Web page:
Perhaps it is because I am now rereading both Paul Bowles' The Sheltering Sky and Ernest Hemingway's The Sun Also Rises that I yearn for good, old-fashioned story-telling in which all the elements work together seamlessly.

(Please pardon the unavoidable adverb at the end!)

March 14, 2013  
Blogger R.T. said...

Oops! I had meant to say "elements of a dramatic composition" when commenting upon Aristotle.

I wonder what the Greek is for mea culpa?

March 14, 2013  
Blogger Peter Rozovsky said...

R.T., your argument about diction and melody -- good writing, that is -- is no argument at all, it's a statement of fact. I can attest to this from professional experience. I expect part of the reason no one expresses concern about bad writing by professional writers these days is that everyone thinks he or she can write.

You're certainly correct about excessive oncern with character, especially in series crime fiction. That's one reason I liked The Rage so much. Kerrigan did not just give his characters a set of interesting traits and circumstances, he gave them something to do.

Here’s a post I once made about a passage in the Poetics that I say explains the appeal of much crime fiction. Abd it's nice to see you're not as implacably opposed to adverbs as you used to think you were.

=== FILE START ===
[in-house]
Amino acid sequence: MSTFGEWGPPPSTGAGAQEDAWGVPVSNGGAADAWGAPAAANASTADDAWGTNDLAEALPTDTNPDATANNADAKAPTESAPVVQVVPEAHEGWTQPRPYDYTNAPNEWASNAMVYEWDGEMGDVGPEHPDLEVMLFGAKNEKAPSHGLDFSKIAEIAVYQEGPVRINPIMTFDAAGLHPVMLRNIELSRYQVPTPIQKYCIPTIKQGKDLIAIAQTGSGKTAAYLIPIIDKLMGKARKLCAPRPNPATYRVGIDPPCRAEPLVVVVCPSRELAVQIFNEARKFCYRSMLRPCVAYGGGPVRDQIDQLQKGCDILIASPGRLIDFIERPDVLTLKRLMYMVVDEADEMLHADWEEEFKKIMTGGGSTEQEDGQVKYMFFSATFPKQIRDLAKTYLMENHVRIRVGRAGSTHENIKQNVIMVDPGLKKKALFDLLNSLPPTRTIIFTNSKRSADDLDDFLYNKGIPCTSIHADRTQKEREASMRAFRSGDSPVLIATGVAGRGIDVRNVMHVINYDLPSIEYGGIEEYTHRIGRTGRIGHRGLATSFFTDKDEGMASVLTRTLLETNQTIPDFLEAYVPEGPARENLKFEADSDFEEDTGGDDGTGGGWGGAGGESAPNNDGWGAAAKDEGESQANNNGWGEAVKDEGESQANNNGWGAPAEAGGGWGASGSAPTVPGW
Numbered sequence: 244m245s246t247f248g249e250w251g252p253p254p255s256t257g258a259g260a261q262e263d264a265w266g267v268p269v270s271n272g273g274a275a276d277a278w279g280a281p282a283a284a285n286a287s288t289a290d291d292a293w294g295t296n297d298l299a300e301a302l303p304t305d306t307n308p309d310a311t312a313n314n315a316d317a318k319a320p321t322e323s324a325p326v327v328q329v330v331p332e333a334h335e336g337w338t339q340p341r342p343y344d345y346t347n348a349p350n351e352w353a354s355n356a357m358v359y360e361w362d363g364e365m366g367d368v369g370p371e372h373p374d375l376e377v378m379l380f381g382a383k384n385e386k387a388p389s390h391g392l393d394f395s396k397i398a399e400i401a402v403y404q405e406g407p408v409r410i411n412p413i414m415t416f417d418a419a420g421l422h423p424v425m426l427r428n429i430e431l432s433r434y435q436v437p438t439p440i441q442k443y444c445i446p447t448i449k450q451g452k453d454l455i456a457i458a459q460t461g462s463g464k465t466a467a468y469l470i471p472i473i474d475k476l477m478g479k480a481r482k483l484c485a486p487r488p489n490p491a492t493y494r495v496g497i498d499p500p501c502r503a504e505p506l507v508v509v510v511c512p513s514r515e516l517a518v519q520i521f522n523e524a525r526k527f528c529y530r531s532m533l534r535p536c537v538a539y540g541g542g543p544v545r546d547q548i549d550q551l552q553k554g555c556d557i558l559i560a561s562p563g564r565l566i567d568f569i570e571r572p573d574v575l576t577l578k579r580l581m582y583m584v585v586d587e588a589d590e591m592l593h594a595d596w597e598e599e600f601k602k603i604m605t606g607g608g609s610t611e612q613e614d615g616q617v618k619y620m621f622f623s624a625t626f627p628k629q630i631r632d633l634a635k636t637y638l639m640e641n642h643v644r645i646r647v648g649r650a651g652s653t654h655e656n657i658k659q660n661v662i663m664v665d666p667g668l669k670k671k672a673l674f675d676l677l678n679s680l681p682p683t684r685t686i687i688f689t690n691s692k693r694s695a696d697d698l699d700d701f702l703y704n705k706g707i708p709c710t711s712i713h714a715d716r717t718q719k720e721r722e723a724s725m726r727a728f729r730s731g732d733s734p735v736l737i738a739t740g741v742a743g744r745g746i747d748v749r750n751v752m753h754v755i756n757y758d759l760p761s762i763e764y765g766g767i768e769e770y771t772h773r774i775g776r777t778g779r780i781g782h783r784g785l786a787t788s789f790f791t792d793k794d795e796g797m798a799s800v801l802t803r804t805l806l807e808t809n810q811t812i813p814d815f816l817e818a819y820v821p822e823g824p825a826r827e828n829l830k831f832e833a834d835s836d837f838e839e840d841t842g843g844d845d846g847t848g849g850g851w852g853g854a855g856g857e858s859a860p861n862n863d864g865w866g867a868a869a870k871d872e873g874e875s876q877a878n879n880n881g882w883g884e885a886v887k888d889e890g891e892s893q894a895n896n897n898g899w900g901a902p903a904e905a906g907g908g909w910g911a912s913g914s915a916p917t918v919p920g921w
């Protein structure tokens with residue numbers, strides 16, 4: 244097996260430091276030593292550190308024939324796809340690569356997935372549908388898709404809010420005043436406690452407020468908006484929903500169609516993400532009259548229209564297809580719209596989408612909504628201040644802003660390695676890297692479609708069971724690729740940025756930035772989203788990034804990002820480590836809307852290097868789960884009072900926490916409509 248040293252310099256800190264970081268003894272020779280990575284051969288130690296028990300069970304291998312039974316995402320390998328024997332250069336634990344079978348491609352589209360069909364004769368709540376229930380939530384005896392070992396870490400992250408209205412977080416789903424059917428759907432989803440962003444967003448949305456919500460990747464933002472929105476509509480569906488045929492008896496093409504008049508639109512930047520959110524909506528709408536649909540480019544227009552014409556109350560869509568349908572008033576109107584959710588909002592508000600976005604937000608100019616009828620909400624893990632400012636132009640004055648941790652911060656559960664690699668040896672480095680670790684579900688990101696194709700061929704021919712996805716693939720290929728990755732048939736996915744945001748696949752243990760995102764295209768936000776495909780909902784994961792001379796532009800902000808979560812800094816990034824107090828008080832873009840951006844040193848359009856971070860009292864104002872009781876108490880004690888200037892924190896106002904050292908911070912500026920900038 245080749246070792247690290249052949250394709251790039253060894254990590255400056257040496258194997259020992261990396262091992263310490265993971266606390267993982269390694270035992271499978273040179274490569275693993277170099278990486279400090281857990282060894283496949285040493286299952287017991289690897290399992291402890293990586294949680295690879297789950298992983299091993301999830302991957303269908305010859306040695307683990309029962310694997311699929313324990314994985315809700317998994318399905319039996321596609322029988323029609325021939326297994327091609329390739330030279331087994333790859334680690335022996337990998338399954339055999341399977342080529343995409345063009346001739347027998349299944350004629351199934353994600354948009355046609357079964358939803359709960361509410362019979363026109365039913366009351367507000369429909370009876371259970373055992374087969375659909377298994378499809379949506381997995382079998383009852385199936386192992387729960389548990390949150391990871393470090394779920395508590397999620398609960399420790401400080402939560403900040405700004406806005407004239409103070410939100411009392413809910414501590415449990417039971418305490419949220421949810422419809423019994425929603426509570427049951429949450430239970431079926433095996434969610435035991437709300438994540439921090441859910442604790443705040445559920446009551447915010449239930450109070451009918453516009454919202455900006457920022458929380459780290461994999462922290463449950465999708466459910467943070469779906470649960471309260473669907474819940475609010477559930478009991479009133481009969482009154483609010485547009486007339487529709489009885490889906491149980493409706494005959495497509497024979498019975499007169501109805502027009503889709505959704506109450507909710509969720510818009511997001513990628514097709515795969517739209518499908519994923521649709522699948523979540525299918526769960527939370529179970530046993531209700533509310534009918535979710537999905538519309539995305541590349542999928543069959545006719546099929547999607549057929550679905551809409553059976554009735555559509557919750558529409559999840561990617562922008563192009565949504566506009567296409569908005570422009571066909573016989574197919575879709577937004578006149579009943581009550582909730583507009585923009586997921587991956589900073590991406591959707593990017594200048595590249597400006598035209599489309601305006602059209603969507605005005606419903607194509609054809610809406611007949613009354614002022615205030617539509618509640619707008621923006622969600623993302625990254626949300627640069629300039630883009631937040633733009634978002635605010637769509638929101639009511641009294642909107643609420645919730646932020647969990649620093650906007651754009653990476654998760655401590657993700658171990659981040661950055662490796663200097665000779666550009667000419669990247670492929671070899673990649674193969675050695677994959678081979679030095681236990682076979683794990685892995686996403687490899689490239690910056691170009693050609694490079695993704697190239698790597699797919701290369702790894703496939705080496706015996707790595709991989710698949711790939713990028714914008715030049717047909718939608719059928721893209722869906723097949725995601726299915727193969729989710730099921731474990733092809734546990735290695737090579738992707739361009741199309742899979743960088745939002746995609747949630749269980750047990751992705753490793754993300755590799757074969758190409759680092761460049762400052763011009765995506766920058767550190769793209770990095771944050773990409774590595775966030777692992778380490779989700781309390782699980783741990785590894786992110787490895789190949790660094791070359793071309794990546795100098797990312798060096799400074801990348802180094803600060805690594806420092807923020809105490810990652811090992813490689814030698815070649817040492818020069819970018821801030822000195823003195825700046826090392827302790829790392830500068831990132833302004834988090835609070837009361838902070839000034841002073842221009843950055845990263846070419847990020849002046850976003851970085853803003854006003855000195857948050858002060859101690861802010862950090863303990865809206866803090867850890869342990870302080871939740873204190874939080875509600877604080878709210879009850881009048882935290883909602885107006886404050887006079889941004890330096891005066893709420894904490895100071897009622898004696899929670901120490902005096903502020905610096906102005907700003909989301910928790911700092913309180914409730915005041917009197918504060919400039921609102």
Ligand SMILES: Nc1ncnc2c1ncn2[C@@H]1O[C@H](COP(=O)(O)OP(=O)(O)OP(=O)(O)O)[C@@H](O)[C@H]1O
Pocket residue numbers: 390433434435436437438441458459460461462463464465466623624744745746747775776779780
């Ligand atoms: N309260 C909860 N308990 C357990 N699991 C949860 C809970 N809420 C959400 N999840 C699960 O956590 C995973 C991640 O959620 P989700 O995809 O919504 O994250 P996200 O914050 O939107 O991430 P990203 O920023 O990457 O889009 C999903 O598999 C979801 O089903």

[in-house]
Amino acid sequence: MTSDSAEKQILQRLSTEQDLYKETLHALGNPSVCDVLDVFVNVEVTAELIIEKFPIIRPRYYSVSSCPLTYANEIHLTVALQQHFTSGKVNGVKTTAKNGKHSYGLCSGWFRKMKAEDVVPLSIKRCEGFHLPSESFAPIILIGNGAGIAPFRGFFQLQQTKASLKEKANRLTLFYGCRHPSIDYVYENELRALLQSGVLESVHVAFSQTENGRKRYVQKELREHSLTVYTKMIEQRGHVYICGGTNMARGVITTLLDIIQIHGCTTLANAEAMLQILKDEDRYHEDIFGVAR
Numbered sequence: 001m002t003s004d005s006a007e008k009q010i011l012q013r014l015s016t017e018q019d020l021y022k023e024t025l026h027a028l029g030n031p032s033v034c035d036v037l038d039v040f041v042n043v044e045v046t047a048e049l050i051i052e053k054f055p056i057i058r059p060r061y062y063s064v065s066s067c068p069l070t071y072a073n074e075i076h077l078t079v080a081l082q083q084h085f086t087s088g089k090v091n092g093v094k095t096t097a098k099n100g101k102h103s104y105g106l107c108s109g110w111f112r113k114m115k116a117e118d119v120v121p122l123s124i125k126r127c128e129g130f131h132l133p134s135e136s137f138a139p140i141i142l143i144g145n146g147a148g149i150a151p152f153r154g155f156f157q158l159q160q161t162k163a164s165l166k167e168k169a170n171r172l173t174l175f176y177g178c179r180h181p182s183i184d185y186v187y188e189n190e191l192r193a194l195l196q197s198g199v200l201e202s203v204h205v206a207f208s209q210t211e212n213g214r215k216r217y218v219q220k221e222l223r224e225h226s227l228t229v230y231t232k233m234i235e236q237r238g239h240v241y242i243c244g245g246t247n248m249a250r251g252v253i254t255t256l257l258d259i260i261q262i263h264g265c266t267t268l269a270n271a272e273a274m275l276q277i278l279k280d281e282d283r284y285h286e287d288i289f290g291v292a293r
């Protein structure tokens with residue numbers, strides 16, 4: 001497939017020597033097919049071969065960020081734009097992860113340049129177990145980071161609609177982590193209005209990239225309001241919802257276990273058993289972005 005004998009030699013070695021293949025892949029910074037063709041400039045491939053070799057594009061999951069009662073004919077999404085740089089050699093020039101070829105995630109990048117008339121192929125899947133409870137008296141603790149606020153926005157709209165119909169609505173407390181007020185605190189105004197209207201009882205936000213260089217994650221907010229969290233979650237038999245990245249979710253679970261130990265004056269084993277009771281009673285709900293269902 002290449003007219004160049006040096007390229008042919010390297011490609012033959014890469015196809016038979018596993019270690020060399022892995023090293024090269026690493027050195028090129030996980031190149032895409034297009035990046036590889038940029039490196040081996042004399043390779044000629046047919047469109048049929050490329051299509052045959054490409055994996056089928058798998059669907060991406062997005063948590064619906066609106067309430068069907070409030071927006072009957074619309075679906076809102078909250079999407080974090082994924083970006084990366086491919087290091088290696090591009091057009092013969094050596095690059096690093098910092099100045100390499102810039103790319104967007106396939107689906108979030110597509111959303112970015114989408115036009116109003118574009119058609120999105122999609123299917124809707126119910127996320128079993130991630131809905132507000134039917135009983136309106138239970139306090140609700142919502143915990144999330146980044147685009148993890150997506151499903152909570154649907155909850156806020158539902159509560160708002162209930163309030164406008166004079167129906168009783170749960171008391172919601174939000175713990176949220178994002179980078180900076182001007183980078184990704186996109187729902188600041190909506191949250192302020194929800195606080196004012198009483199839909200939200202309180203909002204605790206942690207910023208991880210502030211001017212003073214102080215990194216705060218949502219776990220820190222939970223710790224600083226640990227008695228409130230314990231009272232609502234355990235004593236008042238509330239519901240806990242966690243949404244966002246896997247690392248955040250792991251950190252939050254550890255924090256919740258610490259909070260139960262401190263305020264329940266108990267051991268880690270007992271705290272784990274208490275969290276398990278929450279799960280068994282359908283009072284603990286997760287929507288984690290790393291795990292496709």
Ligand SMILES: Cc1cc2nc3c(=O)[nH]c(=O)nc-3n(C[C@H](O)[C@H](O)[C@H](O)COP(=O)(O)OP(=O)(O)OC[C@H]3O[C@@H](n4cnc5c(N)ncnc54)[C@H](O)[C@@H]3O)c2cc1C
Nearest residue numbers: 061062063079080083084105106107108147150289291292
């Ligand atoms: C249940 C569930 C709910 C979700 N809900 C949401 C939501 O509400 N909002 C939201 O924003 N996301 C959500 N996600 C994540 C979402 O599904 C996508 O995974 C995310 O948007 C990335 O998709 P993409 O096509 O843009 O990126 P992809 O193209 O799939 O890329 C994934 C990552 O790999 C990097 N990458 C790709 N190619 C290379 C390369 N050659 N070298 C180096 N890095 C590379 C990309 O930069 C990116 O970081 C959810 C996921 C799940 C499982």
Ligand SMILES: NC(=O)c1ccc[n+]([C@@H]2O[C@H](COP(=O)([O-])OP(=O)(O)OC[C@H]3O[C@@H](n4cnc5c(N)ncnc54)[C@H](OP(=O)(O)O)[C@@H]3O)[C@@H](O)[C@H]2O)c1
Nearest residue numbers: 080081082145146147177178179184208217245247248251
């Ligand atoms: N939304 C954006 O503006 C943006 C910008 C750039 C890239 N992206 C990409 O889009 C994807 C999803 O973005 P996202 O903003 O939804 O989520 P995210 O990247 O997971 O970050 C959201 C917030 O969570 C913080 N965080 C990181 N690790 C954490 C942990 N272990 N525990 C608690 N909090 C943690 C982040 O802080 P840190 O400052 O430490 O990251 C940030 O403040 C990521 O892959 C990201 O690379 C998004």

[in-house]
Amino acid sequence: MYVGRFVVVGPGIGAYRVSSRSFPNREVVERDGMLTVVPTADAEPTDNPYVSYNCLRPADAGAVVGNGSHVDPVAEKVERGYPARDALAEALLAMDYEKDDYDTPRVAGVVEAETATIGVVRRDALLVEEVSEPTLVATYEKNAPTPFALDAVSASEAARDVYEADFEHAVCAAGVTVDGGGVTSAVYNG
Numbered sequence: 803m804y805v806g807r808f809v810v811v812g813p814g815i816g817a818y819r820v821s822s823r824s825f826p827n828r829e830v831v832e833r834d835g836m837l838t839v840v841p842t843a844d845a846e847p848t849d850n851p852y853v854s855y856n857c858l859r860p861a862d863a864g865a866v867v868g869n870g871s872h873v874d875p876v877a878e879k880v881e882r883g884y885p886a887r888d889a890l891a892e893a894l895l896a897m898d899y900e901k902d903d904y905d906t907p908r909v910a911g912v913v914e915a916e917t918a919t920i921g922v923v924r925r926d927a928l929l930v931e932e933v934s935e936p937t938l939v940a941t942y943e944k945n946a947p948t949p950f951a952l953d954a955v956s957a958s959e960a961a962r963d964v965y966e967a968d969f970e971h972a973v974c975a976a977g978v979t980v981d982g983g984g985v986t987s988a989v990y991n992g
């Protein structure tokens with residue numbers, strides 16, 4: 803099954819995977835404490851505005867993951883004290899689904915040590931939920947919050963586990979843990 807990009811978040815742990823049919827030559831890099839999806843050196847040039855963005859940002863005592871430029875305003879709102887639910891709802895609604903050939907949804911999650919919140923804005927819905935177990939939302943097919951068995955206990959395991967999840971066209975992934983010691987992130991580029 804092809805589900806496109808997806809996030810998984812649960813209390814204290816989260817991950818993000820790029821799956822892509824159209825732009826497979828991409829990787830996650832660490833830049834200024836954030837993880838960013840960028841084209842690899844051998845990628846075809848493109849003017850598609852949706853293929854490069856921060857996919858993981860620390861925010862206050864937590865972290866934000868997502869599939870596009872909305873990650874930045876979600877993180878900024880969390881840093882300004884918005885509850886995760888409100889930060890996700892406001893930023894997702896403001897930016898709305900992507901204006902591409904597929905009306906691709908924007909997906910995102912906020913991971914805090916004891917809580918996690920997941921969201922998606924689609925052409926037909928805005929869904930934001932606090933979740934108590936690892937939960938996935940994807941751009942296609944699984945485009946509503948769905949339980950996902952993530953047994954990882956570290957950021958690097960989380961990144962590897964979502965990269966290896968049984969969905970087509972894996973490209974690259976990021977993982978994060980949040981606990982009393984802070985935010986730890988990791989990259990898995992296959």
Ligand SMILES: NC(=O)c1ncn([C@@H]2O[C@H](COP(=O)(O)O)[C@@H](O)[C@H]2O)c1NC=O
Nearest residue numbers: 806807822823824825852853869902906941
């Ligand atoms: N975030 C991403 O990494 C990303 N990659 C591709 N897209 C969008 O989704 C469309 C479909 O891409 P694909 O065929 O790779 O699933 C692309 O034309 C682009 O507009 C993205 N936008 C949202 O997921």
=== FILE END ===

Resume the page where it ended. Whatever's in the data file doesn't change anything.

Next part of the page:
March 14, 2013  
Blogger Peter Rozovsky said...

ήμαρτο

March 14, 2013  
Blogger R.T. said...

Well, that is all Greek to me.

I could have said hamartia instead of mea culpa, which is best translated as "missing the mark" rather than "tragic flaw." After all, even the best of people will miss the mark now and then, but not all of us are flawed.

The anti-robot word is "kenedyi"--which sounds like a Greek version of Kennedy. Now that is weird, especially in the shadow of writing about flaws and misses.

March 14, 2013  
Blogger Peter Rozovsky said...

ήμαρτο = Hemarto; that is, "I screwed up." So you're right!

The Kennedys did indeed have an active fondness for misses: Miss Monroe, Miss Gardner, et al.

March 14, 2013  
Blogger seana graham said...

Most of us are pretty flawed though, too.

Thanks for pointing out this whole character driven plot driven malarkey. I suspect I've been giving this cant undue reverence...ob

March 15, 2013  
Blogger Peter Rozovsky said...

I don't know if "character-driven" and "plot-driven" are any more or less malarkey than any other marketing shorthand. But I wonder if the shorthand encourages composition and publication of books that rely excessively on either character or plot.